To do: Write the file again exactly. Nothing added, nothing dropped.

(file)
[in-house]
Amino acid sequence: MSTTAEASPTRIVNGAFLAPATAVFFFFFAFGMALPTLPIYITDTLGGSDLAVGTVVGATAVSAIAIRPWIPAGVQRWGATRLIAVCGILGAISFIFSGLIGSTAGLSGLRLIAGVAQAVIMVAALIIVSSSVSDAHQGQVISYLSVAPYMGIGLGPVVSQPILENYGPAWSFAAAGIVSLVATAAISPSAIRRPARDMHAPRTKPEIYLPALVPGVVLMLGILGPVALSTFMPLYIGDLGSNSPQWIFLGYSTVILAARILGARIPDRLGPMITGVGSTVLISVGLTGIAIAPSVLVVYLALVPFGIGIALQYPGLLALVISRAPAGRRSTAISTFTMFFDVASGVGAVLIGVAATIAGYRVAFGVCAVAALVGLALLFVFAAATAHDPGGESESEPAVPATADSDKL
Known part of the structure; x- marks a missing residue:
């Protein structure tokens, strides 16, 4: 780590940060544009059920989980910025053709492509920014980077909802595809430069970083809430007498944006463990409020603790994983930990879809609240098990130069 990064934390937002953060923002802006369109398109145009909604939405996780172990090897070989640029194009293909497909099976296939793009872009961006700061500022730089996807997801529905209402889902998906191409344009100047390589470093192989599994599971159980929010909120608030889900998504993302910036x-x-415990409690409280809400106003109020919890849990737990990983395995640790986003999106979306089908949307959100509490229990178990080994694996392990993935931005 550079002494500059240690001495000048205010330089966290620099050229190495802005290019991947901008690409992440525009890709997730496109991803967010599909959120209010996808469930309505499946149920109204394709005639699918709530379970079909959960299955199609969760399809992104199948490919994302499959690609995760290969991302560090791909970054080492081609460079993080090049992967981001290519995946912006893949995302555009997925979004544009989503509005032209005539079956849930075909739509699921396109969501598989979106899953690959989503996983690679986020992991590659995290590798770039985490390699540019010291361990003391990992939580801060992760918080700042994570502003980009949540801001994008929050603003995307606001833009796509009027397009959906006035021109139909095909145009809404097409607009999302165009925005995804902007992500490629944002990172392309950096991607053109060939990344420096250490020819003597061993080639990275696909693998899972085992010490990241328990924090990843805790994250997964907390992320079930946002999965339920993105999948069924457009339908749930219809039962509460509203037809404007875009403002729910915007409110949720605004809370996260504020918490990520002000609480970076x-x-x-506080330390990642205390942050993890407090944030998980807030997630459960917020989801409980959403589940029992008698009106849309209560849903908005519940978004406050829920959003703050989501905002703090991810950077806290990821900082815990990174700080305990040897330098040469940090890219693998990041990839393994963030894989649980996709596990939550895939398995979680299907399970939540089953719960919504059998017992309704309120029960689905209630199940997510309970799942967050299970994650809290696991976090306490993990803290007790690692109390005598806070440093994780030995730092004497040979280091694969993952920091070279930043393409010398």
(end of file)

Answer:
[in-house]
Amino acid sequence: MSTTAEASPTRIVNGAFLAPATAVFFFFFAFGMALPTLPIYITDTLGGSDLAVGTVVGATAVSAIAIRPWIPAGVQRWGATRLIAVCGILGAISFIFSGLIGSTAGLSGLRLIAGVAQAVIMVAALIIVSSSVSDAHQGQVISYLSVAPYMGIGLGPVVSQPILENYGPAWSFAAAGIVSLVATAAISPSAIRRPARDMHAPRTKPEIYLPALVPGVVLMLGILGPVALSTFMPLYIGDLGSNSPQWIFLGYSTVILAARILGARIPDRLGPMITGVGSTVLISVGLTGIAIAPSVLVVYLALVPFGIGIALQYPGLLALVISRAPAGRRSTAISTFTMFFDVASGVGAVLIGVAATIAGYRVAFGVCAVAALVGLALLFVFAAATAHDPGGESESEPAVPATADSDKL
Known part of the structure; x- marks a missing residue:
């Protein structure tokens, strides 16, 4: 780590940060544009059920989980910025053709492509920014980077909802595809430069970083809430007498944006463990409020603790994983930990879809609240098990130069 990064934390937002953060923002802006369109398109145009909604939405996780172990090897070989640029194009293909497909099976296939793009872009961006700061500022730089996807997801529905209402889902998906191409344009100047390589470093192989599994599971159980929010909120608030889900998504993302910036x-x-415990409690409280809400106003109020919890849990737990990983395995640790986003999106979306089908949307959100509490229990178990080994694996392990993935931005 550079002494500059240690001495000048205010330089966290620099050229190495802005290019991947901008690409992440525009890709997730496109991803967010599909959120209010996808469930309505499946149920109204394709005639699918709530379970079909959960299955199609969760399809992104199948490919994302499959690609995760290969991302560090791909970054080492081609460079993080090049992967981001290519995946912006893949995302555009997925979004544009989503509005032209005539079956849930075909739509699921396109969501598989979106899953690959989503996983690679986020992991590659995290590798770039985490390699540019010291361990003391990992939580801060992760918080700042994570502003980009949540801001994008929050603003995307606001833009796509009027397009959906006035021109139909095909145009809404097409607009999302165009925005995804902007992500490629944002990172392309950096991607053109060939990344420096250490020819003597061993080639990275696909693998899972085992010490990241328990924090990843805790994250997964907390992320079930946002999965339920993105999948069924457009339908749930219809039962509460509203037809404007875009403002729910915007409110949720605004809370996260504020918490990520002000609480970076x-x-x-506080330390990642205390942050993890407090944030998980807030997630459960917020989801409980959403589940029992008698009106849309209560849903908005519940978004406050829920959003703050989501905002703090991810950077806290990821900082815990990174700080305990040897330098040469940090890219693998990041990839393994963030894989649980996709596990939550895939398995979680299907399970939540089953719960919504059998017992309704309120029960689905209630199940997510309970799942967050299970994650809290696991976090306490993990803290007790690692109390005598806070440093994780030995730092004497040979280091694969993952920091070279930043393409010398």